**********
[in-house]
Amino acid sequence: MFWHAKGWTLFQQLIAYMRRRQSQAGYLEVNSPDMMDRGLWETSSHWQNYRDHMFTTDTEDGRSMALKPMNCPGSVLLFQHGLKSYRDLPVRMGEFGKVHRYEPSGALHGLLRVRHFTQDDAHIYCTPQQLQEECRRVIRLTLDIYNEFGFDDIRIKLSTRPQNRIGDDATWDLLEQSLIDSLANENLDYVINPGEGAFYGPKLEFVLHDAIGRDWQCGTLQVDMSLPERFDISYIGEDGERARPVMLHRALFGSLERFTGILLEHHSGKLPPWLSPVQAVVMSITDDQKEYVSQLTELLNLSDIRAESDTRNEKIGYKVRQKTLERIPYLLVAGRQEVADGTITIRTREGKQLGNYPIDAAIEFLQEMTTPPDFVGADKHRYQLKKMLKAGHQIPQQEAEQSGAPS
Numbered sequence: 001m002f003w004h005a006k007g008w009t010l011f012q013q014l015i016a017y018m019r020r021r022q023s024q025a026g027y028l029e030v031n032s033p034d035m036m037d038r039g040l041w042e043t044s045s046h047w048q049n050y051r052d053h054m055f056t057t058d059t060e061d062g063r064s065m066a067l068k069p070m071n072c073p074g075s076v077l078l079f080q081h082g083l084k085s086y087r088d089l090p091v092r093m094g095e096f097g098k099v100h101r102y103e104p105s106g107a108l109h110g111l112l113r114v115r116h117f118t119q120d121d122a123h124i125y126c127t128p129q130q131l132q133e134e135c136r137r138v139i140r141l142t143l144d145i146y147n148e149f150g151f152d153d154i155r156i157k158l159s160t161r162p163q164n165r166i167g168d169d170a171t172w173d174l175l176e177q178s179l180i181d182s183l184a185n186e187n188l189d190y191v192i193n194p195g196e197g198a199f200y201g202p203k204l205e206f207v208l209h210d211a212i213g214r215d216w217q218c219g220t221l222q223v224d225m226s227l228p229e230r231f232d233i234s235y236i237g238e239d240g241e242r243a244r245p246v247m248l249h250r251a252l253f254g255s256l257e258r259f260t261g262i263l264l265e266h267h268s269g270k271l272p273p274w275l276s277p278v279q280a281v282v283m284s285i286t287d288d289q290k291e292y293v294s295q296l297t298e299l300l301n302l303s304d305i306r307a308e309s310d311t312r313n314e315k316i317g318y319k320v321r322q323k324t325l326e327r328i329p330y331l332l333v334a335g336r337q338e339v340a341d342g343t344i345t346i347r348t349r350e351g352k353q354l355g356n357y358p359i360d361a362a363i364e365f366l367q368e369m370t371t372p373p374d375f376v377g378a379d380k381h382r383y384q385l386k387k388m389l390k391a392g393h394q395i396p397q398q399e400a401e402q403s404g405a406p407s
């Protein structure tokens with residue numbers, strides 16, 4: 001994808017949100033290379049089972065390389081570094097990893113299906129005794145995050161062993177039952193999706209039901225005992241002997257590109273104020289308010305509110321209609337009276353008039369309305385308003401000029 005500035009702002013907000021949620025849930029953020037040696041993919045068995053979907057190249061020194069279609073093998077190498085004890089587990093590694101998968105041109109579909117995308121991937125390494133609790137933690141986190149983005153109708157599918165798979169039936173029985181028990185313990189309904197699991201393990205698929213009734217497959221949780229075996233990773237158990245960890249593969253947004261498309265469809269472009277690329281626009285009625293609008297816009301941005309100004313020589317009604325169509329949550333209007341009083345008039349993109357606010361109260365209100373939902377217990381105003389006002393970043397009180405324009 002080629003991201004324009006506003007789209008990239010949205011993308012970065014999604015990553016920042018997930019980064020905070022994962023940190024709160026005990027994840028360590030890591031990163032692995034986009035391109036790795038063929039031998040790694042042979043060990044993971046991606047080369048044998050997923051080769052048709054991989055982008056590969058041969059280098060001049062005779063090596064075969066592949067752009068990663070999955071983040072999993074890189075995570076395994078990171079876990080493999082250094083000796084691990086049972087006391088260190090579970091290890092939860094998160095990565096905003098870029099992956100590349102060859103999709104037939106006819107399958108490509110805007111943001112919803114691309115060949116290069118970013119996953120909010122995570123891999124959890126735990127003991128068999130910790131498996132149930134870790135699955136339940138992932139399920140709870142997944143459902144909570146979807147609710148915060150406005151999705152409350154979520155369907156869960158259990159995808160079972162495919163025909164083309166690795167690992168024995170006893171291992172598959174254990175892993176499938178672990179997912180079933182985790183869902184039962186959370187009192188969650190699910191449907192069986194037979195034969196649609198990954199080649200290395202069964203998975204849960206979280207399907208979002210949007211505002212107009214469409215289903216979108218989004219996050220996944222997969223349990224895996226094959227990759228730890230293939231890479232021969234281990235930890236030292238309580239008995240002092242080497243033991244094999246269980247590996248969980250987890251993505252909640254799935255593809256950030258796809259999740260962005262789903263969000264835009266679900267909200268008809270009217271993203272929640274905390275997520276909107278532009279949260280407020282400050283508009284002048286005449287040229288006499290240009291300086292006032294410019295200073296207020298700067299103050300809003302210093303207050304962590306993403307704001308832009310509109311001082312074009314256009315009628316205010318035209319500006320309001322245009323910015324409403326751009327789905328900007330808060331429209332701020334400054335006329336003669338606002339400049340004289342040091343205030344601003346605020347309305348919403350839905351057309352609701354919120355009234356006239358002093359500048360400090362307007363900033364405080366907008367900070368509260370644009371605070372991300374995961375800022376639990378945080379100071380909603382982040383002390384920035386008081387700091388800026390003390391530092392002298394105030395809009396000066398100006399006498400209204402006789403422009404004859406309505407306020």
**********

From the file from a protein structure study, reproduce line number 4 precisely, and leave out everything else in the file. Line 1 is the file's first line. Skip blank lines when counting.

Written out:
């Protein structure tokens with residue numbers, strides 16, 4: 001994808017949100033290379049089972065390389081570094097990893113299906129005794145995050161062993177039952193999706209039901225005992241002997257590109273104020289308010305509110321209609337009276353008039369309305385308003401000029 005500035009702002013907000021949620025849930029953020037040696041993919045068995053979907057190249061020194069279609073093998077190498085004890089587990093590694101998968105041109109579909117995308121991937125390494133609790137933690141986190149983005153109708157599918165798979169039936173029985181028990185313990189309904197699991201393990205698929213009734217497959221949780229075996233990773237158990245960890249593969253947004261498309265469809269472009277690329281626009285009625293609008297816009301941005309100004313020589317009604325169509329949550333209007341009083345008039349993109357606010361109260365209100373939902377217990381105003389006002393970043397009180405324009 002080629003991201004324009006506003007789209008990239010949205011993308012970065014999604015990553016920042018997930019980064020905070022994962023940190024709160026005990027994840028360590030890591031990163032692995034986009035391109036790795038063929039031998040790694042042979043060990044993971046991606047080369048044998050997923051080769052048709054991989055982008056590969058041969059280098060001049062005779063090596064075969066592949067752009068990663070999955071983040072999993074890189075995570076395994078990171079876990080493999082250094083000796084691990086049972087006391088260190090579970091290890092939860094998160095990565096905003098870029099992956100590349102060859103999709104037939106006819107399958108490509110805007111943001112919803114691309115060949116290069118970013119996953120909010122995570123891999124959890126735990127003991128068999130910790131498996132149930134870790135699955136339940138992932139399920140709870142997944143459902144909570146979807147609710148915060150406005151999705152409350154979520155369907156869960158259990159995808160079972162495919163025909164083309166690795167690992168024995170006893171291992172598959174254990175892993176499938178672990179997912180079933182985790183869902184039962186959370187009192188969650190699910191449907192069986194037979195034969196649609198990954199080649200290395202069964203998975204849960206979280207399907208979002210949007211505002212107009214469409215289903216979108218989004219996050220996944222997969223349990224895996226094959227990759228730890230293939231890479232021969234281990235930890236030292238309580239008995240002092242080497243033991244094999246269980247590996248969980250987890251993505252909640254799935255593809256950030258796809259999740260962005262789903263969000264835009266679900267909200268008809270009217271993203272929640274905390275997520276909107278532009279949260280407020282400050283508009284002048286005449287040229288006499290240009291300086292006032294410019295200073296207020298700067299103050300809003302210093303207050304962590306993403307704001308832009310509109311001082312074009314256009315009628316205010318035209319500006320309001322245009323910015324409403326751009327789905328900007330808060331429209332701020334400054335006329336003669338606002339400049340004289342040091343205030344601003346605020347309305348919403350839905351057309352609701354919120355009234356006239358002093359500048360400090362307007363900033364405080366907008367900070368509260370644009371605070372991300374995961375800022376639990378945080379100071380909603382982040383002390384920035386008081387700091388800026390003390391530092392002298394105030395809009396000066398100006399006498400209204402006789403422009404004859406309505407306020």